Villarreal striker Roberto Soldado says his former club Tottenham Hotspur have developed into a "fantastic" team under Mauricio Pochettino, and has has been especially impressed with Harry Kane and Dele Alli.
Soldado, 30, joined Spurs from Valencia for £26 million in 2013 as part of the 'Magnificent Seven' signed with the windfall from Gareth Bale's world-record £85.5 million transfer to Real Madrid.
Despite scoring 81 goals in 141 games for Los Che -- a better goals-to-game ratio than David Villa -- Soldado struggled to adapt to the Premier League and he returned to Spain with Villarreal in August after losing his starting spot to Kane last season.
The striker revealed he still watches Spurs matches and has been impressed by Mauricio Pochettino's title-challengers, who are second in the league but seven points behind leaders Leicester City after dropping points against West Bromwich Albion on Monday.
"It's been a fantastic season [for Tottenham]," Soldado told The Guardian. "You could see last year that Tottenham were a very young team that could reach a high level once they added a little experience.
"I used to watch Harry Kane train. You'd think: 'What he lacks will come'; his finishing stood out. Every chance ended in the net last season and this year that's been multiplied by two. Maybe some people didn't see it coming, but he deserves it. He has a fantastic attitude, humble. You look at Dele Alli and, the truth is, we've all been surprised, coming from the lower divisions to play so well."
"After Gareth Bale was sold, Spurs invested in a lot of players -- I think eight arrived the summer I signed. This year there were fewer signings and they've benefited from that. The period of adaptation has passed and they've been left with a very solid team.
"You have to look at Mauricio Pochettino's excellent work, too. They've benefited from Chelsea and Manchester United's inconsistency, but what they've done is fantastic."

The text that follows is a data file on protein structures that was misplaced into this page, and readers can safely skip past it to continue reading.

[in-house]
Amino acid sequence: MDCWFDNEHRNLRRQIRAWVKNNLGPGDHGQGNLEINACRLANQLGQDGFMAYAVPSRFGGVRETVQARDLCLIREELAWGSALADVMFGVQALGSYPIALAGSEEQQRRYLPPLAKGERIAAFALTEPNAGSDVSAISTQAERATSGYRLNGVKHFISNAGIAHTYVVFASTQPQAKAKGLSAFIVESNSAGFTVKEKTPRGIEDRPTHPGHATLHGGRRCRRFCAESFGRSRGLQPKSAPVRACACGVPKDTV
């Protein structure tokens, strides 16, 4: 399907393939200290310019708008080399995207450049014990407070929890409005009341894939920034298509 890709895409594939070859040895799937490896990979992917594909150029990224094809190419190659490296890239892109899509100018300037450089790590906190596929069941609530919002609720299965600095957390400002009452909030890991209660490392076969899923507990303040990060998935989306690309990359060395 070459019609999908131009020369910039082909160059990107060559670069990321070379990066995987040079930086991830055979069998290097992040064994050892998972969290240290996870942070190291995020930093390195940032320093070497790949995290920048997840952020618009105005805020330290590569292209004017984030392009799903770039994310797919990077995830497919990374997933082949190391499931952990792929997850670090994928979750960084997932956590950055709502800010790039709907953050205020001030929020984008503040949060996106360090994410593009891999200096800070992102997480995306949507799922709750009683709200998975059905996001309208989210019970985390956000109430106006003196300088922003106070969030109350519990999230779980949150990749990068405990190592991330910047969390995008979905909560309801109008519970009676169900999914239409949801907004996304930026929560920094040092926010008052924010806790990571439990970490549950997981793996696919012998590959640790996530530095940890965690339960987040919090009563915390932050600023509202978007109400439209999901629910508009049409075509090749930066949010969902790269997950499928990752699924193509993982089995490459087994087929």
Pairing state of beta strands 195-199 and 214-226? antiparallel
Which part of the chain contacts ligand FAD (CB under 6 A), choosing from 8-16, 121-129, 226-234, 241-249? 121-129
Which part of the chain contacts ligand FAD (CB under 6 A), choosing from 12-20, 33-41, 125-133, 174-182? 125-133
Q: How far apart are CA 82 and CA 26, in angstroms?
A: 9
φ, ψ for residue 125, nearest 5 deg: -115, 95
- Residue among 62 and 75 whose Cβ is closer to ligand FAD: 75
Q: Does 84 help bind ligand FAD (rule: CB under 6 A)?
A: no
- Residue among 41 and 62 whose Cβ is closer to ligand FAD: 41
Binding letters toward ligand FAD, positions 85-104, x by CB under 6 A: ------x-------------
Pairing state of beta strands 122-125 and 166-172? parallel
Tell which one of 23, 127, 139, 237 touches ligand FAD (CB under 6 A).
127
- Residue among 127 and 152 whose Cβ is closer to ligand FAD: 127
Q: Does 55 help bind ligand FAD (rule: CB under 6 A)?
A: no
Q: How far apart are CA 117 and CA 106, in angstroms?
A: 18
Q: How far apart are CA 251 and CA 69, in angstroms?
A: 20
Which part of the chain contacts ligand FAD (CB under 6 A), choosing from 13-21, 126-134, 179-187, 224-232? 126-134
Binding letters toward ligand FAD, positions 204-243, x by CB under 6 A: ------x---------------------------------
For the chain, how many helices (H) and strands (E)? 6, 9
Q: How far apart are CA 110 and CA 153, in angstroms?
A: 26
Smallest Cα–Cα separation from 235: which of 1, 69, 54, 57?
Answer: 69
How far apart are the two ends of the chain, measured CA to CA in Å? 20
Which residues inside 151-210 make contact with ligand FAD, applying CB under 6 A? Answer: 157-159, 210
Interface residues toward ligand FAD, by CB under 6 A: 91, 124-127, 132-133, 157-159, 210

Soldado managed just three goals from open play, and seven in total, in over 50 league appearances for Tottenham, while his catalogue of missed chances was spectacular.
Despite his struggles, the Spaniard always retained the support of the Spurs fans, and he is "infuriated" that he was unable to repay their faith -- citing a number of "little things" for his failure in England.
"I think in the end what let me down at Tottenham was my head; for whatever reason, it wasn't right," he said. "Perhaps my transfer fee was too big, [or] maybe the expectations I put on myself put me over the edge in a sense. I found I was getting easy chances on the pitch and I'd miss them; the tiniest things would go against me."
"I was missing chances, things were going wrong, but no one could say I didn't work. That mattered to me and maybe it's why people treated me so well, despite everything. Even though I wasn't scoring, I'd go to warm up and they'd sing my song.
"I won't forget their support, but it infuriates you more because you get so much support and don't repay it.
"My family hadn't completely adapted either and when things aren't going perfectly for you professionally and you get home and the family aren't completely happy either, it's difficult.
"All these little things, it all mounts up and mounts up until you reach a point when you say: 'I can't do this any more.' So last summer, I said: 'I need a change,' because my head was like this."